After just a few years, Starset’s success has spread The Message worldwide; they have several international demonstrations coming up in March and will hit the festival circuit throughout April and May.

As it so happens, Starset’s new single was released on Election Day in November while the new album dropped on Jan. 20, the day of Donald Trump’s inauguration as President of the United States. Though Bates is somewhat mum on the correlation between them, he does say, “Take it for what you will, but the record is about a journey through perilous times.”


Reach For The Stars

Don’t Know Starset? Singer Dustin Bates Tells You What You Need To Hear

“Ricochet”

“This is our most recently released song.  I’m pretty proud of it from a song standpoint, and I also think it exemplifies a lot of our current direction, sonically—integrating electronic and cinematic elements to a higher degree than we have in the past.”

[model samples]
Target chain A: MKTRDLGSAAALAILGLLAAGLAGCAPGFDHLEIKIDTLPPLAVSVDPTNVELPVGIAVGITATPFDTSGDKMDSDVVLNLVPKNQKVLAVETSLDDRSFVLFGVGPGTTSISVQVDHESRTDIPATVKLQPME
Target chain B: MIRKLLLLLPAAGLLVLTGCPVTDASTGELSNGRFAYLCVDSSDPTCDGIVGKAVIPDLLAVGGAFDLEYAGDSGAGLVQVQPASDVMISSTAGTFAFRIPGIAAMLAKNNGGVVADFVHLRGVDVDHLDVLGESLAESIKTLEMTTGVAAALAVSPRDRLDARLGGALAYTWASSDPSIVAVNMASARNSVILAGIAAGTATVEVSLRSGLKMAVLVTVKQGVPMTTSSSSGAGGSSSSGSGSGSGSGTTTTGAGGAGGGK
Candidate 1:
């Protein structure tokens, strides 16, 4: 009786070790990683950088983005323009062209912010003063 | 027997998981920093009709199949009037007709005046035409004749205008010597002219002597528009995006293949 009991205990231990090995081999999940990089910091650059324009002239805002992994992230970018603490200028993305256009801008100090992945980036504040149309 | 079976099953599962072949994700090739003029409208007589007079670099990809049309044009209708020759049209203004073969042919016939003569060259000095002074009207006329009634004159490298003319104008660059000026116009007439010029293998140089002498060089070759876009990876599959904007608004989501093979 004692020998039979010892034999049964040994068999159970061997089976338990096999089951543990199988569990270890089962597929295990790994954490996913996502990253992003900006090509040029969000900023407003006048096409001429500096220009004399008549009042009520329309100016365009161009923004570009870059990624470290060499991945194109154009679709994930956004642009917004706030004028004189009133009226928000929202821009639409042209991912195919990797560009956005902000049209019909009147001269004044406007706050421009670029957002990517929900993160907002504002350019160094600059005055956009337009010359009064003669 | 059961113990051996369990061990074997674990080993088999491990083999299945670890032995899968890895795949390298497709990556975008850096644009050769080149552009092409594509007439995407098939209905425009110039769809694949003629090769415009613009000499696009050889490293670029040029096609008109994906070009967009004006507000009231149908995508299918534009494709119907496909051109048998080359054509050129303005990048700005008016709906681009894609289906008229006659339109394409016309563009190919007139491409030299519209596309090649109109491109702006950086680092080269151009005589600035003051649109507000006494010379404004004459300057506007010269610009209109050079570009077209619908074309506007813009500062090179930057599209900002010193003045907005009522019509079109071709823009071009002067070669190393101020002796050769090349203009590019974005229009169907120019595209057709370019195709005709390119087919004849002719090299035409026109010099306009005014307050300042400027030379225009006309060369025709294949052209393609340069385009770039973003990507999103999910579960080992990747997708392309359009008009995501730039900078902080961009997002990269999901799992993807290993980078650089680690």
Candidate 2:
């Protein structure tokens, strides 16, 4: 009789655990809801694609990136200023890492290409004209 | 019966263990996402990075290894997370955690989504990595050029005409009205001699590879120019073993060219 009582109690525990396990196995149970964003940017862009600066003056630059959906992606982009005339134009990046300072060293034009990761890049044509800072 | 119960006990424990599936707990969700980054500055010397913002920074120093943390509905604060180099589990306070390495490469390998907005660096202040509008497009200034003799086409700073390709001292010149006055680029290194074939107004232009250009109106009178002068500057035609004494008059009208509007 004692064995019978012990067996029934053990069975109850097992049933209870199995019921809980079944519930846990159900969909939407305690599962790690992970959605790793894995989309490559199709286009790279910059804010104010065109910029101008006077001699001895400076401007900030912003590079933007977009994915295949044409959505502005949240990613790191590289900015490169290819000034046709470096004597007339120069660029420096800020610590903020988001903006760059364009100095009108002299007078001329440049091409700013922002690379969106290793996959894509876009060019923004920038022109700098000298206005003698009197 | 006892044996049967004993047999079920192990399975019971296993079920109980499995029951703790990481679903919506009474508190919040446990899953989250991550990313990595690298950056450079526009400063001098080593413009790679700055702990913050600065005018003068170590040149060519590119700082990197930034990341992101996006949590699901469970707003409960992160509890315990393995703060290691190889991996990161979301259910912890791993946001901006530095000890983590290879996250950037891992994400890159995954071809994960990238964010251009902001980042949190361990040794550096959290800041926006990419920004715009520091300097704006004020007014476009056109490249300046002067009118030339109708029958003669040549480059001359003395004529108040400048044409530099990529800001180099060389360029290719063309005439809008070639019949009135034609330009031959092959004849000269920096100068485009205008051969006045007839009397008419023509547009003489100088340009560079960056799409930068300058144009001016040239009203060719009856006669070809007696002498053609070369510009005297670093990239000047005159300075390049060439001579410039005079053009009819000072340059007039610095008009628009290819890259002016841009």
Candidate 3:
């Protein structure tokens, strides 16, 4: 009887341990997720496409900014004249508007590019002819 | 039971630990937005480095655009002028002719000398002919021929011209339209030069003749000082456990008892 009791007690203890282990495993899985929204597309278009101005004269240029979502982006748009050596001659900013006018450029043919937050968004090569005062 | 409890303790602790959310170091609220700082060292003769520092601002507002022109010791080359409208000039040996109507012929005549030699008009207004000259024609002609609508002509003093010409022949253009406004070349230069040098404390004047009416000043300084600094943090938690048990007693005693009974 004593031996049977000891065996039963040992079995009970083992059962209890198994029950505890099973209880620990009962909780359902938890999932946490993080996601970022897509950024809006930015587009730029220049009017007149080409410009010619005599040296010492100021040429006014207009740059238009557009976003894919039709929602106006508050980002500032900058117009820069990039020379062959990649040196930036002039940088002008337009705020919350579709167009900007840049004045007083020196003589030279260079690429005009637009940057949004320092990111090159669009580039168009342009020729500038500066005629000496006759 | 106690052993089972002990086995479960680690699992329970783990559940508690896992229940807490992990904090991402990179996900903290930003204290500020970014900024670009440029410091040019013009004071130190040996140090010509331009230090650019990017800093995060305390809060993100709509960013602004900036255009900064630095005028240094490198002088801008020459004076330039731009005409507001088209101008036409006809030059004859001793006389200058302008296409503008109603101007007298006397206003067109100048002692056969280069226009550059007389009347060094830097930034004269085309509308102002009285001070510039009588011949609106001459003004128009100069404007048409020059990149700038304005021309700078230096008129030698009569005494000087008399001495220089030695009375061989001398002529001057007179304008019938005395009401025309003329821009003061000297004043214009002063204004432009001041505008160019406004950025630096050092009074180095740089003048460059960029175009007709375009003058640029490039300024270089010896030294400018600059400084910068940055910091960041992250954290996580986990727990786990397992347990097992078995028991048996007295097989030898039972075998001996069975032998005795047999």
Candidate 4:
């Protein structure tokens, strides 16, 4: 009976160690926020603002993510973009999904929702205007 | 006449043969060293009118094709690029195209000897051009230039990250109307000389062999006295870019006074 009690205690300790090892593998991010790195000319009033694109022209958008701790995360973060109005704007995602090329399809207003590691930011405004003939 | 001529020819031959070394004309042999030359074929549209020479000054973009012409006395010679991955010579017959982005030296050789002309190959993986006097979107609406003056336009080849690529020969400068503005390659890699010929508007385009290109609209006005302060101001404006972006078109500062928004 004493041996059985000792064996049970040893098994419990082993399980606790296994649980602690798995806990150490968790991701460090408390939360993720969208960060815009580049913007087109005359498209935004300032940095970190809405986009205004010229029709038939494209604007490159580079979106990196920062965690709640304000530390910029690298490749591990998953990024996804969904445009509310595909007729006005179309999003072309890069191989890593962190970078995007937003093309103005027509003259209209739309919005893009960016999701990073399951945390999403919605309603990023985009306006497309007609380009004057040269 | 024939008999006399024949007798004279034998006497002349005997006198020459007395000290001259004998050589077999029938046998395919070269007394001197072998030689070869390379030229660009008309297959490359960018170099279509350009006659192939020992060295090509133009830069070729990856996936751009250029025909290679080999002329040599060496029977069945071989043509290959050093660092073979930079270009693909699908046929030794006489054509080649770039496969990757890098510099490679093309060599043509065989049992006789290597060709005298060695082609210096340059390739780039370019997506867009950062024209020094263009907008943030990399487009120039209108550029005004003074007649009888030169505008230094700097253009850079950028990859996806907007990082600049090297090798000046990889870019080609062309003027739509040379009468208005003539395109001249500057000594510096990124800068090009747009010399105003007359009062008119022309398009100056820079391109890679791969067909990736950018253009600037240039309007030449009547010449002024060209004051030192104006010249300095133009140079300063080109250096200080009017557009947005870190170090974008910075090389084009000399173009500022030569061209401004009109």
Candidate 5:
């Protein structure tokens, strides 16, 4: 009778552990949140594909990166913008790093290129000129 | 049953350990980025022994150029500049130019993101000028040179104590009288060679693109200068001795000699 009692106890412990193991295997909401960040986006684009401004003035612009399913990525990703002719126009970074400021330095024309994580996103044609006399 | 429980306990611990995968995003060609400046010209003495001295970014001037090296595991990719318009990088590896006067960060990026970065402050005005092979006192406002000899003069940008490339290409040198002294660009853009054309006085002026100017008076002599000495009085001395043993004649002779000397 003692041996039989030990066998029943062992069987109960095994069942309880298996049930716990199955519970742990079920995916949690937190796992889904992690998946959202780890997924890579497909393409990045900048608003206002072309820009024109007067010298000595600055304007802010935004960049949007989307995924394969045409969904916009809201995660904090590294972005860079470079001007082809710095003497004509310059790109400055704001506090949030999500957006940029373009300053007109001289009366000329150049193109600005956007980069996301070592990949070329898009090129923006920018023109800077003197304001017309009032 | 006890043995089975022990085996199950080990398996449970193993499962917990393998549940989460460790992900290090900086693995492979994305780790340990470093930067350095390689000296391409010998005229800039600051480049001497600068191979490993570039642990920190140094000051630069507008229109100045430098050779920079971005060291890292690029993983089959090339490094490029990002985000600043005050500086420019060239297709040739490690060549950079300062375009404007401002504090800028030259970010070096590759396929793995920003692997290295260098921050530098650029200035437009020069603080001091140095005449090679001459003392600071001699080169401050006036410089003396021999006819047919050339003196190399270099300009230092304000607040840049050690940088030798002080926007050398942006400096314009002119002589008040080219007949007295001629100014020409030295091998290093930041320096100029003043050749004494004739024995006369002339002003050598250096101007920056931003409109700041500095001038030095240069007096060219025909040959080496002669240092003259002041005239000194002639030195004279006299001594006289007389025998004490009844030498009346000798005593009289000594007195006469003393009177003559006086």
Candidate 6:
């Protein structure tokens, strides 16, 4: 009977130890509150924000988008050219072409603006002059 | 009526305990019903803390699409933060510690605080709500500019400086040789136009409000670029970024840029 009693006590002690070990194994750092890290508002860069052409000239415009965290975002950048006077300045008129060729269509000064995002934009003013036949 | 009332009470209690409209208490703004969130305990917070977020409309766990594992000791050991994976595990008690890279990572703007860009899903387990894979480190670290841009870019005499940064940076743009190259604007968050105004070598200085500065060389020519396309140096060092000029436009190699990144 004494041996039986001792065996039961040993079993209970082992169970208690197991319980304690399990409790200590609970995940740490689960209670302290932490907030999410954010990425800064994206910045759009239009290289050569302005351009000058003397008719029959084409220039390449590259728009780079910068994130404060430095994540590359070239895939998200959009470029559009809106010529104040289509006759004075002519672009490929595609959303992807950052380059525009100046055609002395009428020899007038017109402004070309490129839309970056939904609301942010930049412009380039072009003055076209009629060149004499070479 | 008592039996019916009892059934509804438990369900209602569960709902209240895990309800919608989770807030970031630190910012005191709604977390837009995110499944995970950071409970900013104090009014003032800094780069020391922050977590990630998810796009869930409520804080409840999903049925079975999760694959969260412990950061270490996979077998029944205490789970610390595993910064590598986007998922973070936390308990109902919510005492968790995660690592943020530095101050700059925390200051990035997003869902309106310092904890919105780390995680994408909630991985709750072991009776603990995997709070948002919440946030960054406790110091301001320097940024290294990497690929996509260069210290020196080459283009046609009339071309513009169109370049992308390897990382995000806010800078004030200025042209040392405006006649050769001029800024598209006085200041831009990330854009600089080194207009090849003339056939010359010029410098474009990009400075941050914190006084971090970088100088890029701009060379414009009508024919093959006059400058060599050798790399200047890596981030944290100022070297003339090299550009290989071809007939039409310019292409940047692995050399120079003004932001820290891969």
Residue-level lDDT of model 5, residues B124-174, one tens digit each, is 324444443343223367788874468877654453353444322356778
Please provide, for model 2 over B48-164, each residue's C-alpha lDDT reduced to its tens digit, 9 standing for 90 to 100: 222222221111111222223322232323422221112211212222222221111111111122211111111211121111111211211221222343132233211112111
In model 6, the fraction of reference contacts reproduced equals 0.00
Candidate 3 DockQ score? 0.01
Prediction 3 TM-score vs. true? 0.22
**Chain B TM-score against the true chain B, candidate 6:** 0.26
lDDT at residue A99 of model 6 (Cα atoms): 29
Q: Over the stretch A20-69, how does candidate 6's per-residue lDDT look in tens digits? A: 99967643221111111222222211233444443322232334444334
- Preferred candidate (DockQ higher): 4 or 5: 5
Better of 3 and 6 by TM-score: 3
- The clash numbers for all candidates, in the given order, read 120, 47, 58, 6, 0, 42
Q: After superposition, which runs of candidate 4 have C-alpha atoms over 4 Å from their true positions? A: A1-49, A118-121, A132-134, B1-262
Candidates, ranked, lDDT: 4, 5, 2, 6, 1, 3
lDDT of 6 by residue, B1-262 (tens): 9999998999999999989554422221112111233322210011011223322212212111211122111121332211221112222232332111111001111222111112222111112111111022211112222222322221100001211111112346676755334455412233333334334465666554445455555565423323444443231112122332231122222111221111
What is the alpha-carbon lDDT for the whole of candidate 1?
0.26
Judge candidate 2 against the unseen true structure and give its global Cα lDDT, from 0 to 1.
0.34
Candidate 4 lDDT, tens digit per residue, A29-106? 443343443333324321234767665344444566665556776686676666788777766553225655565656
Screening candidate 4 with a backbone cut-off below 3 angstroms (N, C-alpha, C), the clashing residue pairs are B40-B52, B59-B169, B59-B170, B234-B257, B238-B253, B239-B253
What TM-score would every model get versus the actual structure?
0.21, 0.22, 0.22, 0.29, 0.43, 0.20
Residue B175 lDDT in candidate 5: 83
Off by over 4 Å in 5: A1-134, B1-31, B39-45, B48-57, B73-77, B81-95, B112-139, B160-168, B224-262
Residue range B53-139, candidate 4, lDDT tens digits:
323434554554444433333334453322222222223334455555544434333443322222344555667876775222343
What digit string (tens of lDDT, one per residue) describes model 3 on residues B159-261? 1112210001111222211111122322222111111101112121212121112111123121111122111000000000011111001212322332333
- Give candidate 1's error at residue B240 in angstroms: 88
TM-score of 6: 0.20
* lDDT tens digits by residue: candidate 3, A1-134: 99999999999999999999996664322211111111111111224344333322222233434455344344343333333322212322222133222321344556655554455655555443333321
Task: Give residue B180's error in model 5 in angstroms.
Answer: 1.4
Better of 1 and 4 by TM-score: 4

“Telescope”

“I think the lyrics and build of this one really exemplify what Starset is about.”  

“My Demons”

“This was the first single off Transmissions. People seem to dig it. It has been incredibly successful for us, like, crazy successful. It has so many streams it’s currently the #6 song from any band on YouTube.” 

“Back to the Earth”

“Our new record, Vessels, brings on a more progressive element to the guitar and rhythm at times and this one has a lot of that. Still, ever-changing time signatures aside, I think it has the melodic sensibility and cinematic sound that make us what we are.”